Asylum seekers on Manus Island are being given a type of anti-malaria medication that detention centre staff have been warned not to take because of serious side effects.
Centre staff were warned not to take Mefloquine, also known as Lariam, because of adverse health effects.
Salvation Army worker Simon Taylor says in a submission to a Senate inquiry that he is aware asylum seekers have been given the drug despite the warnings to staff.
Australia’s Therapeutic Goods Administration warns that patients with a history of depression, anxiety disorders or other major psychiatric illness should not be prescribed the drug.
It’s common for asylum seekers in detention to suffer depression, post traumatic stress disorder and other mental illnesses.
The US military developed the drug in the 1970s and has curbed its use among troops after it was linked to permanent brain damage, suicide, murder and domestic violence.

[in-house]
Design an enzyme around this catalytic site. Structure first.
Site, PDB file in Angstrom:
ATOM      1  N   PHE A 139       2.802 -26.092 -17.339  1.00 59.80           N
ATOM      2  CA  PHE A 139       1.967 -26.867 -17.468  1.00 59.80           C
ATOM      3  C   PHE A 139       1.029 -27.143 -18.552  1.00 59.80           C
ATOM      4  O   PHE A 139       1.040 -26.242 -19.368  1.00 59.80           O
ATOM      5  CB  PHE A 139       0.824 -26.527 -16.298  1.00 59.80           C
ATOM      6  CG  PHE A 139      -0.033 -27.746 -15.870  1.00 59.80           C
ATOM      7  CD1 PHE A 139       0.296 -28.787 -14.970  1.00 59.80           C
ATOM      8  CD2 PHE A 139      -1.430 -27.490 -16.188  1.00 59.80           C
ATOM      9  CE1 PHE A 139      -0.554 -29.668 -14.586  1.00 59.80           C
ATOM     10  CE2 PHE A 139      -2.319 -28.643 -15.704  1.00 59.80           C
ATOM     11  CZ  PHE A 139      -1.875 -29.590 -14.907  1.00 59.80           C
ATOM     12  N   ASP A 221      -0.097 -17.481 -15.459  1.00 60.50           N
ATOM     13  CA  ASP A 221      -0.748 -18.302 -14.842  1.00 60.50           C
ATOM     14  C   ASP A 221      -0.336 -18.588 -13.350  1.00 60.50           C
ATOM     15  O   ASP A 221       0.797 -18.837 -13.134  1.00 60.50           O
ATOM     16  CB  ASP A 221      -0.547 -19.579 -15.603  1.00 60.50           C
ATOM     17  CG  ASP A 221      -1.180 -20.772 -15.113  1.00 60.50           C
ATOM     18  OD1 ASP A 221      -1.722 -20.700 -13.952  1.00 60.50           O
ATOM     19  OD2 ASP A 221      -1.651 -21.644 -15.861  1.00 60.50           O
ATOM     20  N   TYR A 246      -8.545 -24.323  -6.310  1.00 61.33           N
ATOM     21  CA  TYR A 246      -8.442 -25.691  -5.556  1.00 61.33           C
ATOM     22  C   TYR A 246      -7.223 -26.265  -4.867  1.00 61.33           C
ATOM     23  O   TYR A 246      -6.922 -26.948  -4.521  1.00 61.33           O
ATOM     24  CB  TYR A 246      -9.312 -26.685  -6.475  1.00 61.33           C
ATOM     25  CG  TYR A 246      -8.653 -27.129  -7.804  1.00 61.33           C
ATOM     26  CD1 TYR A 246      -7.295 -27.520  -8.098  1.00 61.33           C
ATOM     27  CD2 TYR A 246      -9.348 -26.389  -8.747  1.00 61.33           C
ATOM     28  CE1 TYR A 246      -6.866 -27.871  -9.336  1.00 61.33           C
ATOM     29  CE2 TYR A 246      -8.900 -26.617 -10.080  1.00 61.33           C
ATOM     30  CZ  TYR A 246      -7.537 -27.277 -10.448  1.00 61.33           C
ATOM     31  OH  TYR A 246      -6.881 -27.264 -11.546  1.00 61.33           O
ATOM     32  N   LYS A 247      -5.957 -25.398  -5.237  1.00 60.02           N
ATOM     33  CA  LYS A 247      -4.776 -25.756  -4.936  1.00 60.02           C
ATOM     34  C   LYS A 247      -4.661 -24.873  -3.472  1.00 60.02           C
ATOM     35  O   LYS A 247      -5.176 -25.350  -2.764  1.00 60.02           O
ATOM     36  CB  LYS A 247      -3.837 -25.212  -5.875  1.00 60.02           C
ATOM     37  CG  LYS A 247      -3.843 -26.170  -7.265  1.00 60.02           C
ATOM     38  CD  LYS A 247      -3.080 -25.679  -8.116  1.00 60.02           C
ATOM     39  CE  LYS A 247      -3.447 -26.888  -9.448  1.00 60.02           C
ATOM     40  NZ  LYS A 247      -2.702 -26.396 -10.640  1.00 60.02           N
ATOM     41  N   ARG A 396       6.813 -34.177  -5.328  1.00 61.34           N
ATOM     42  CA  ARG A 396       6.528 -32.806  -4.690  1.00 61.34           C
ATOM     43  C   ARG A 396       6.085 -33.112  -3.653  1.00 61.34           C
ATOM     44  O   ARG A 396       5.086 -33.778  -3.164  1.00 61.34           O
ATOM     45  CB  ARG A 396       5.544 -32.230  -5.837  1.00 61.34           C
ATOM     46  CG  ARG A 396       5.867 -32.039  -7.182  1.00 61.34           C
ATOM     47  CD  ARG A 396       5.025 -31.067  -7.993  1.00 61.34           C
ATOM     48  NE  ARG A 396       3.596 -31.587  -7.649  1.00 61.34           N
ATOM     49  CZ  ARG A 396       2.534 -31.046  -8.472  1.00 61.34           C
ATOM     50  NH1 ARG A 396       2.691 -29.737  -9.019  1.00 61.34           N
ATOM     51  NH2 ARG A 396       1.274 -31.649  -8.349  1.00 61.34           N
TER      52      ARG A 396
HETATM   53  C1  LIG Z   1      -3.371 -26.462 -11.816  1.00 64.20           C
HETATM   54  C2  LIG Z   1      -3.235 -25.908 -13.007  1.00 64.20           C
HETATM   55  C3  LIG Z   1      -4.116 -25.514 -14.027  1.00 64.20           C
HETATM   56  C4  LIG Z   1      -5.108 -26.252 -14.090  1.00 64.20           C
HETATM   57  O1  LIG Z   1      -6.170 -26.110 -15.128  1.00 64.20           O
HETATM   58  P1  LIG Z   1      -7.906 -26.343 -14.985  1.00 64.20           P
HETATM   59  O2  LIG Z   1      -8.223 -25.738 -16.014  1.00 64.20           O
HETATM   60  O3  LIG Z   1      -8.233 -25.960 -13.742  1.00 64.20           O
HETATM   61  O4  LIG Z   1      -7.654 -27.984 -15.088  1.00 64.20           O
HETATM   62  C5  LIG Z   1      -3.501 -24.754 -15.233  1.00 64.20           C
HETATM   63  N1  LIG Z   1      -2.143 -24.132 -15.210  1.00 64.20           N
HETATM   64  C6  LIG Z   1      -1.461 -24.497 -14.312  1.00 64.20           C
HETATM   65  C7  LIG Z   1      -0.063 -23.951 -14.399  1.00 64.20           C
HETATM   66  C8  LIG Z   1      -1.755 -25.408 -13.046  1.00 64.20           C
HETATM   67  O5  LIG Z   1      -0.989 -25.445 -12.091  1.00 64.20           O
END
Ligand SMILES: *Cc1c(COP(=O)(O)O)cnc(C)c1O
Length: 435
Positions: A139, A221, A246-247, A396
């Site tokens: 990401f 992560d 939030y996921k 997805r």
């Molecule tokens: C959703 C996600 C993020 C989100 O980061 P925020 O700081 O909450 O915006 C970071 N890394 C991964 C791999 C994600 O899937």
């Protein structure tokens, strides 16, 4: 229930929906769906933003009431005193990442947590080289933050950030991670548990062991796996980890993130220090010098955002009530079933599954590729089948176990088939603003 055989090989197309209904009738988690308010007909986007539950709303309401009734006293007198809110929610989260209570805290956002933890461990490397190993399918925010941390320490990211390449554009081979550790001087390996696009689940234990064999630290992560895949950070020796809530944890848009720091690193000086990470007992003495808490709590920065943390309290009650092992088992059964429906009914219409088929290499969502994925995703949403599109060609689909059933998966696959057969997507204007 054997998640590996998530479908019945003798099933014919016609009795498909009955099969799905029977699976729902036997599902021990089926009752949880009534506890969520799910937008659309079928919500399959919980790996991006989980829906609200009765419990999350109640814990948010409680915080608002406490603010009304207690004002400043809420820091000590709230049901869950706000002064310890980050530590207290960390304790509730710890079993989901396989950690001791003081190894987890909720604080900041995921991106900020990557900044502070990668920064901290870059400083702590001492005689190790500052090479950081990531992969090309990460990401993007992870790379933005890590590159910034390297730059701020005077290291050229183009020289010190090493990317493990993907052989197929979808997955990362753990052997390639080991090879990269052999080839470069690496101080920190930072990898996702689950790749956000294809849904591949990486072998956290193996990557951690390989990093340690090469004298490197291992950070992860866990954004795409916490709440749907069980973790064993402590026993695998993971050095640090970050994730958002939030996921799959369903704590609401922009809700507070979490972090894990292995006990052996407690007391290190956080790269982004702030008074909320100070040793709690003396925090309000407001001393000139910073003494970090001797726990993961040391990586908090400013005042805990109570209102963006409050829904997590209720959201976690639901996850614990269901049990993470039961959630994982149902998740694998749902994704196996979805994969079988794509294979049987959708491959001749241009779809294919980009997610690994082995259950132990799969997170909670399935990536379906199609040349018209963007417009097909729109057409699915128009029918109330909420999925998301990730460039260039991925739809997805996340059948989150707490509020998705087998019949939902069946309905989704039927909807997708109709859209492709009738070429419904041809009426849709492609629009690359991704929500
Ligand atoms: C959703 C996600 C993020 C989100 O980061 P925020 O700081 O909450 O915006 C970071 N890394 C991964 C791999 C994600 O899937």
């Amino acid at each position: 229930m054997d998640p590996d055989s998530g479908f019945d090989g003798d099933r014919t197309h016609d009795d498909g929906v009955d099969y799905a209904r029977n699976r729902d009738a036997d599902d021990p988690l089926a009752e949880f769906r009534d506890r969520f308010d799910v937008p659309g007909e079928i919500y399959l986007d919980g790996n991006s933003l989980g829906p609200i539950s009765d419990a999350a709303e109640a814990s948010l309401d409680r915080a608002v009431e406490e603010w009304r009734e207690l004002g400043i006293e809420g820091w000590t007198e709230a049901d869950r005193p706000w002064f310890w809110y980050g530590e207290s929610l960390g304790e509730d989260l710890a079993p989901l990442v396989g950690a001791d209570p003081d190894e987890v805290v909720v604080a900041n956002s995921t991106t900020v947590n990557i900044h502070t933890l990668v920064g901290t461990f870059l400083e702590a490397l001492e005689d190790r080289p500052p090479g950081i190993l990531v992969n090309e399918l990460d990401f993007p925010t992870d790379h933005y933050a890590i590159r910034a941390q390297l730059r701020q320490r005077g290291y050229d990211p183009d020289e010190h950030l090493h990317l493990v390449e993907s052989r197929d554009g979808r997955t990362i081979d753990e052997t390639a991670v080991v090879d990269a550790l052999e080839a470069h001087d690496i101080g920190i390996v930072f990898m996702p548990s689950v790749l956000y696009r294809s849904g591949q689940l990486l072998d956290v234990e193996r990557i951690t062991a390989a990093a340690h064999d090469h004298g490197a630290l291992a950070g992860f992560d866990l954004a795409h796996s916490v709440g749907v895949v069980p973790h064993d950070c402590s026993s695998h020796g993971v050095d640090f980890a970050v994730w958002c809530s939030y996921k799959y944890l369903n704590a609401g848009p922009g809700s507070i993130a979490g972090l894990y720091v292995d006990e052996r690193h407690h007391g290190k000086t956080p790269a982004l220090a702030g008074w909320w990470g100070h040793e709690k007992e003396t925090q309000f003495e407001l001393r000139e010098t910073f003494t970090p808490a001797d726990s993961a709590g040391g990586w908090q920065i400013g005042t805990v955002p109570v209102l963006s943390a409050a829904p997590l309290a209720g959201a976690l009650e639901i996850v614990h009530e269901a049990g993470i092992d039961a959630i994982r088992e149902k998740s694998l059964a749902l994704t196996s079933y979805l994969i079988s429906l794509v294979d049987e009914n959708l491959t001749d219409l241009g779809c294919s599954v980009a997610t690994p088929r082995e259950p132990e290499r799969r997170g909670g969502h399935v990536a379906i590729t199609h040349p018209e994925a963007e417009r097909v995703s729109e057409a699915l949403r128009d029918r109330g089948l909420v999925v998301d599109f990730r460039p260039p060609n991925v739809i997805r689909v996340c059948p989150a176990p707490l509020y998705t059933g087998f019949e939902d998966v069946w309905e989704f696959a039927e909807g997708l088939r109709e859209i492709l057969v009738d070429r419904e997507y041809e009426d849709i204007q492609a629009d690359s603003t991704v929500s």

During his time on Manus Island between last September and February 2014, Mr Taylor experienced several camp “lockdowns”.
“Locals with machetes attempted to breach perimeter fences,” he said.
Many asylum seekers had contracted food poisoning from poor kitchen hygiene and insects that had been found in meals.
At times drinking water at the centre had the taste and smell of detergent because Papua New Guinea staff used inadequate processes.
Asylum seekers are allowed one to two hours of afternoon leisure time when they can play card games and soccer.
“Under no circumstances” are they given access to leisure equipment outside that time.
Mr Taylor said the Salvos had more sports equipment such as baseballs and skipping ropes but these were “deemed too dangerous” and were never used as it would require diverting security staff resources.
He had also worked at the Nauru detention centre and said its activity programs had not been allowed to be replicated on Manus for “operational reasons”.
Comment has been sought from International Health and Medical Services, which provides health care to asylum seekers at offshore detention centres.